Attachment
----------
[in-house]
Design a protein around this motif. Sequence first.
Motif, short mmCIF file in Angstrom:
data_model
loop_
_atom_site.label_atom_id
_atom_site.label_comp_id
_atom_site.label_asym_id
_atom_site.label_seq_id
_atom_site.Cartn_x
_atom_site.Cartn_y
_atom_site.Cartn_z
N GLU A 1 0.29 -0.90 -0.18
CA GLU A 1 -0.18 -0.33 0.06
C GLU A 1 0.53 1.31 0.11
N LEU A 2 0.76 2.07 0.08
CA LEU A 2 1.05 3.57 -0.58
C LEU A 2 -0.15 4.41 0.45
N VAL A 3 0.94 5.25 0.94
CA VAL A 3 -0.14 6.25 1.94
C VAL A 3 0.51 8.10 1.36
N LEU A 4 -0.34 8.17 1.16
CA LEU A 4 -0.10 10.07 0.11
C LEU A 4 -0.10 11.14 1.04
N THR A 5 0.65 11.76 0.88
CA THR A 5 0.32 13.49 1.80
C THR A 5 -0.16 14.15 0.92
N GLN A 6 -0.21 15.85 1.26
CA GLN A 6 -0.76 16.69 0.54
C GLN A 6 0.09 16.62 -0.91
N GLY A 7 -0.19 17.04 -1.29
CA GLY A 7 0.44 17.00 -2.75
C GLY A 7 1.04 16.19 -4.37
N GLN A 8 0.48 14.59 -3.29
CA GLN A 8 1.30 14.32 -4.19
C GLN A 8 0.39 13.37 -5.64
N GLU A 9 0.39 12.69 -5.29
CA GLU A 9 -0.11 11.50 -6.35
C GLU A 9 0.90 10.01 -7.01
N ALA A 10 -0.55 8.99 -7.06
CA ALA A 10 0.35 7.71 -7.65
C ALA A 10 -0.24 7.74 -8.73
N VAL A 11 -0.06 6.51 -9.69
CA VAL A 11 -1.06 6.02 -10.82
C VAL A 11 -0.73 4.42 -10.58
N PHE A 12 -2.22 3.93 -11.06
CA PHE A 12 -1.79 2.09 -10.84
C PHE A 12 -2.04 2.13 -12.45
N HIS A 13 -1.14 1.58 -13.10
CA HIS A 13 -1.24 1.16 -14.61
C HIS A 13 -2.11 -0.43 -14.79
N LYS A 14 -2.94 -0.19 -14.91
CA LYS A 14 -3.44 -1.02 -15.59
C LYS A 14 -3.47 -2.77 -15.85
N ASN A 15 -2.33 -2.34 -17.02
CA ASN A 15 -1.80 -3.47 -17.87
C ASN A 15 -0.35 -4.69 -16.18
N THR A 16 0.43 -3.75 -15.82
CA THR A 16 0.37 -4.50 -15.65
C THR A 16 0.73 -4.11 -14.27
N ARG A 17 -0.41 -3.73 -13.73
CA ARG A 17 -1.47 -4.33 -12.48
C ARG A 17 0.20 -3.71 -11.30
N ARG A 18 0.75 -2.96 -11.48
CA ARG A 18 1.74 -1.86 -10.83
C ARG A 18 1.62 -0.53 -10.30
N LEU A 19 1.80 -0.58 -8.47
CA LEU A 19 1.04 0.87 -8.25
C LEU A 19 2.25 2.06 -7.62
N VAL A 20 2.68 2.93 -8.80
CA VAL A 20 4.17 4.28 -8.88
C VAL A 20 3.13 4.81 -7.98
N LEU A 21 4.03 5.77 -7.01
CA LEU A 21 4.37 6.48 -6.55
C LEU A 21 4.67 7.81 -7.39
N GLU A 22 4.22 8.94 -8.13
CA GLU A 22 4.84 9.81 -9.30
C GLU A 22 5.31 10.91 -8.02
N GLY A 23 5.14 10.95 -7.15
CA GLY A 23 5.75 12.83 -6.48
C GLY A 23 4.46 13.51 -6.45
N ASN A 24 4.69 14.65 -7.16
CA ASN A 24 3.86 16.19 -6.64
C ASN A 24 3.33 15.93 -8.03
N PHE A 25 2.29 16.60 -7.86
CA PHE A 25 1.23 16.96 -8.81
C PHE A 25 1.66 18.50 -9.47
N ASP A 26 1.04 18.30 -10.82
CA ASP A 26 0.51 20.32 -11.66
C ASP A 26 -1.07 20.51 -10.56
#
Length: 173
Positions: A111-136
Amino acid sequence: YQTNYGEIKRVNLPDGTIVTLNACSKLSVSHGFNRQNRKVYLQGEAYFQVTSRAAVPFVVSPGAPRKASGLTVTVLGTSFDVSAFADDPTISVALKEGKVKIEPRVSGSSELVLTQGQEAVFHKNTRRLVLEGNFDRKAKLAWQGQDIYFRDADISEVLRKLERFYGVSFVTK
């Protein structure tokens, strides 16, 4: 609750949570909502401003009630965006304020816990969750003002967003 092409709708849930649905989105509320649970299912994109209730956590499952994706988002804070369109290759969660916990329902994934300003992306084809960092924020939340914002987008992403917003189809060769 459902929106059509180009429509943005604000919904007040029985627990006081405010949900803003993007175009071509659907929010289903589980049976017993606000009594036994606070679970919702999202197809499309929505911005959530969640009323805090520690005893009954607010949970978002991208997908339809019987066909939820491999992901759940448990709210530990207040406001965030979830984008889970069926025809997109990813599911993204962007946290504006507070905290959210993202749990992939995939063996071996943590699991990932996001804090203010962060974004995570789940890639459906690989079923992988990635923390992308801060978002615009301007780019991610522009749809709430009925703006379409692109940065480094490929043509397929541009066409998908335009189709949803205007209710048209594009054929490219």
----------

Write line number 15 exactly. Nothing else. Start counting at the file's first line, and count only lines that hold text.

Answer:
C GLU A 1 0.53 1.31 0.11